by Mitch Kokai
Senior Political Analyst, John Locke Foundation
Byron York offers Washington Examiner readers and Republican members of the U.S. House a proposal to address concerns about presidential overreach. York doesn’t invoke the “I” word.
Impeachment would, of course, fail. Even if House Republicans gathered the 218 votes required to bring articles of impeachment — a far-fetched scenario — conviction in the Senate requires a two-thirds vote, or 67 votes. There are now 45 Republicans in the Senate. In 1999, when the GOP impeached Bill Clinton, Republicans held 55 Senate seats, and got 50 votes to convict the president. So impeachment will not succeed now, any more than it did then.
The fact is, there is nothing House Republicans can do by themselves, short of another self-defeating government shutdown, to stop Obama if Senate Democrats are determined to block any move to assert congressional prerogatives and establish limits on executive overreach. But there is something House Republicans could do that would at least specifically target Obama’s immigration action: They could vote to overturn the president’s executive order.
Congress can overturn an executive order. It can overturn parts of an executive order. If the executive order is based on a statute, Congress can change the statute, thereby nullifying the order. Congress can also refuse to fund activities stemming from all or part of the executive order.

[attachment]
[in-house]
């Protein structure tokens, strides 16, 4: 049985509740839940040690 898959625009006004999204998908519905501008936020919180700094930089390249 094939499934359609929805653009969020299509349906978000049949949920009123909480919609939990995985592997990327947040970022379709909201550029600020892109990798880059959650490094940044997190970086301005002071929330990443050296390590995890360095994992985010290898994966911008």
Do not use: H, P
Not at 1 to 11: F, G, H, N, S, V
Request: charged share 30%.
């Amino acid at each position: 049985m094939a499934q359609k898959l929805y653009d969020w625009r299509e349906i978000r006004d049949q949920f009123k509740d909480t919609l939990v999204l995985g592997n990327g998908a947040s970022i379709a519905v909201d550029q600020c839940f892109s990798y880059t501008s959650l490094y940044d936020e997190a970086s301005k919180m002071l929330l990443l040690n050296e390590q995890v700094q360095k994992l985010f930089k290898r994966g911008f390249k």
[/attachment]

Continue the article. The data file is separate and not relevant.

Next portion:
The only instance in which the above does not apply is if the president is acting pursuant to an exclusive power granted to him by the Constitution. Obama’s immigration order would not be such a case. “As long as it is not constitutionally based, Congress may repeal a presidential order, or terminate the underlying authority upon which the action is predicated,” the Congressional Research Service noted in a December 2011 report.
It’s not very complicated. The CRS report mentioned Congress’ revocation of an executive order by President George H.W. Bush concerning fetal tissue research. “Congress simply directed that the ‘the provisions of Executive Order 12806 shall not have any legal effect,'” the report says. It was as simple as that.
If Obama chooses not to act by executive order, but instead issues some sort of “policy directive” — the way he implemented the Deferred Action for Childhood Arrivals initiative that stopped the deportations of thousands of illegal immigrants — then Congress would have the same authority to get rid of all or part of the president’s directive.
Of course, Senate Democrats would block it. And even if Democrats, in some amazingly unforeseen scenario, went along with a move to overturn an executive order, Obama could veto it, requiring a two-thirds vote to override the veto. So a move to overturn an executive order would fail. But it would be specific, targeted, and proportional — not an over-the-top action like impeachment.